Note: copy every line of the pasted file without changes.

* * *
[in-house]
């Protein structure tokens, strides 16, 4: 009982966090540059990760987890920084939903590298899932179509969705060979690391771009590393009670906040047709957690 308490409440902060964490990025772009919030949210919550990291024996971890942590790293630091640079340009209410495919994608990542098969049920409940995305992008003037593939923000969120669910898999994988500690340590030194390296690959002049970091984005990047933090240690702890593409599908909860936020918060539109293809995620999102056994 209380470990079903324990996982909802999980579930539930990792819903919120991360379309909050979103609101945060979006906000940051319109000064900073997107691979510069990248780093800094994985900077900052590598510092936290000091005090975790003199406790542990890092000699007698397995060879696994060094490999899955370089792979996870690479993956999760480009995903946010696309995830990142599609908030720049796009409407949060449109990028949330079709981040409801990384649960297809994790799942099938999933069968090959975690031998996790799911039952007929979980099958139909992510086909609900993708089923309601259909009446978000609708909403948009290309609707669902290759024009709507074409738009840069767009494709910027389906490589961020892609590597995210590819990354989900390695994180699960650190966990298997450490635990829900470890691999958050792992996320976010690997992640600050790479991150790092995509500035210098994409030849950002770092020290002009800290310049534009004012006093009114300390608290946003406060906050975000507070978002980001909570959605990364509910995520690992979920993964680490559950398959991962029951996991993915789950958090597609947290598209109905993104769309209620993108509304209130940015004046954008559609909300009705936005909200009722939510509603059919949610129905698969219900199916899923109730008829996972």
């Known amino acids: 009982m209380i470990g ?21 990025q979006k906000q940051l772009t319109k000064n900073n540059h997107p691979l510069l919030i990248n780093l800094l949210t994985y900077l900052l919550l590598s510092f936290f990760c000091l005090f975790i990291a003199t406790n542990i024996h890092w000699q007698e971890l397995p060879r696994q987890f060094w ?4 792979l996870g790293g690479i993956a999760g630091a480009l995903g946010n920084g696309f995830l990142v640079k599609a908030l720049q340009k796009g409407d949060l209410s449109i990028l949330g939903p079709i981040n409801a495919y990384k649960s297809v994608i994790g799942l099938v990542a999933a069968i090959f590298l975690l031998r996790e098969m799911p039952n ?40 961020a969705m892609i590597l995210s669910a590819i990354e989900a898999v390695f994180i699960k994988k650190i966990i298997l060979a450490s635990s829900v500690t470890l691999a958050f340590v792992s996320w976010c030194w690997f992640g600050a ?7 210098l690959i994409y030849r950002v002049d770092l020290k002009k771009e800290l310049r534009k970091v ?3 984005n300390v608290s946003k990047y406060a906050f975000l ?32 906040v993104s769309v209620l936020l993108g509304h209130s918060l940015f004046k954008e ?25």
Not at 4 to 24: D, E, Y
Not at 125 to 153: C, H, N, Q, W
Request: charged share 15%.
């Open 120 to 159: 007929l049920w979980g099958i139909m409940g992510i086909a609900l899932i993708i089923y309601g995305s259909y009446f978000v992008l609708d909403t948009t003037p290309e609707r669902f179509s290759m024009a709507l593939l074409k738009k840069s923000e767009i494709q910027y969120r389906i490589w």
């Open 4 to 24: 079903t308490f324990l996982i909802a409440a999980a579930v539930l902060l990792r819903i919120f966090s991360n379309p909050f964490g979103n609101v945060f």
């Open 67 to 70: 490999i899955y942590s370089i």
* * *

[in-house]
């Protein structure tokens, strides 16, 4: 009982966090540059990760987890920084939903590298899932179509969705060979690391771009590393009670906040047709957690 308490409440902060964490990025772009919030949210919550990291024996971890942590790293630091640079340009209410495919994608990542098969049920409940995305992008003037593939923000969120669910898999994988500690340590030194390296690959002049970091984005990047933090240690702890593409599908909860936020918060539109293809995620999102056994 209380470990079903324990996982909802999980579930539930990792819903919120991360379309909050979103609101945060979006906000940051319109000064900073997107691979510069990248780093800094994985900077900052590598510092936290000091005090975790003199406790542990890092000699007698397995060879696994060094490999899955370089792979996870690479993956999760480009995903946010696309995830990142599609908030720049796009409407949060449109990028949330079709981040409801990384649960297809994790799942099938999933069968090959975690031998996790799911039952007929979980099958139909992510086909609900993708089923309601259909009446978000609708909403948009290309609707669902290759024009709507074409738009840069767009494709910027389906490589961020892609590597995210590819990354989900390695994180699960650190966990298997450490635990829900470890691999958050792992996320976010690997992640600050790479991150790092995509500035210098994409030849950002770092020290002009800290310049534009004012006093009114300390608290946003406060906050975000507070978002980001909570959605990364509910995520690992979920993964680490559950398959991962029951996991993915789950958090597609947290598209109905993104769309209620993108509304209130940015004046954008559609909300009705936005909200009722939510509603059919949610129905698969219900199916899923109730008829996972």
């Known amino acids: 009982m209380i470990g ?21 990025q979006k906000q940051l772009t319109k000064n900073n540059h997107p691979l510069l919030i990248n780093l800094l949210t994985y900077l900052l919550l590598s510092f936290f990760c000091l005090f975790i990291a003199t406790n542990i024996h890092w000699q007698e971890l397995p060879r696994q987890f060094w ?4 792979l996870g790293g690479i993956a999760g630091a480009l995903g946010n920084g696309f995830l990142v640079k599609a908030l720049q340009k796009g409407d949060l209410s449109i990028l949330g939903p079709i981040n409801a495919y990384k649960s297809v994608i994790g799942l099938v990542a999933a069968i090959f590298l975690l031998r996790e098969m799911p039952n ?40 961020a969705m892609i590597l995210s669910a590819i990354e989900a898999v390695f994180i699960k994988k650190i966990i298997l060979a450490s635990s829900v500690t470890l691999a958050f340590v792992s996320w976010c030194w690997f992640g600050a ?7 210098l690959i994409y030849r950002v002049d770092l020290k002009k771009e800290l310049r534009k970091v ?3 984005n300390v608290s946003k990047y406060a906050f975000l ?32 906040v993104s769309v209620l936020l993108g509304h209130s918060l940015f004046k954008e ?25």
Not at 4 to 24: D, E, Y
Not at 125 to 153: C, H, N, Q, W
Request: charged share 15%.
């Open 120 to 159: 007929l049920w979980g099958i139909m409940g992510i086909a609900l899932i993708i089923y309601g995305s259909y009446f978000v992008l609708d909403t948009t003037p290309e609707r669902f179509s290759m024009a709507l593939l074409k738009k840069s923000e767009i494709q910027y969120r389906i490589w």
């Open 4 to 24: 079903t308490f324990l996982i909802a409440a999980a579930v539930l902060l990792r819903i919120f966090s991360n379309p909050f964490g979103n609101v945060f």
């Open 67 to 70: 490999i899955y942590s370089i």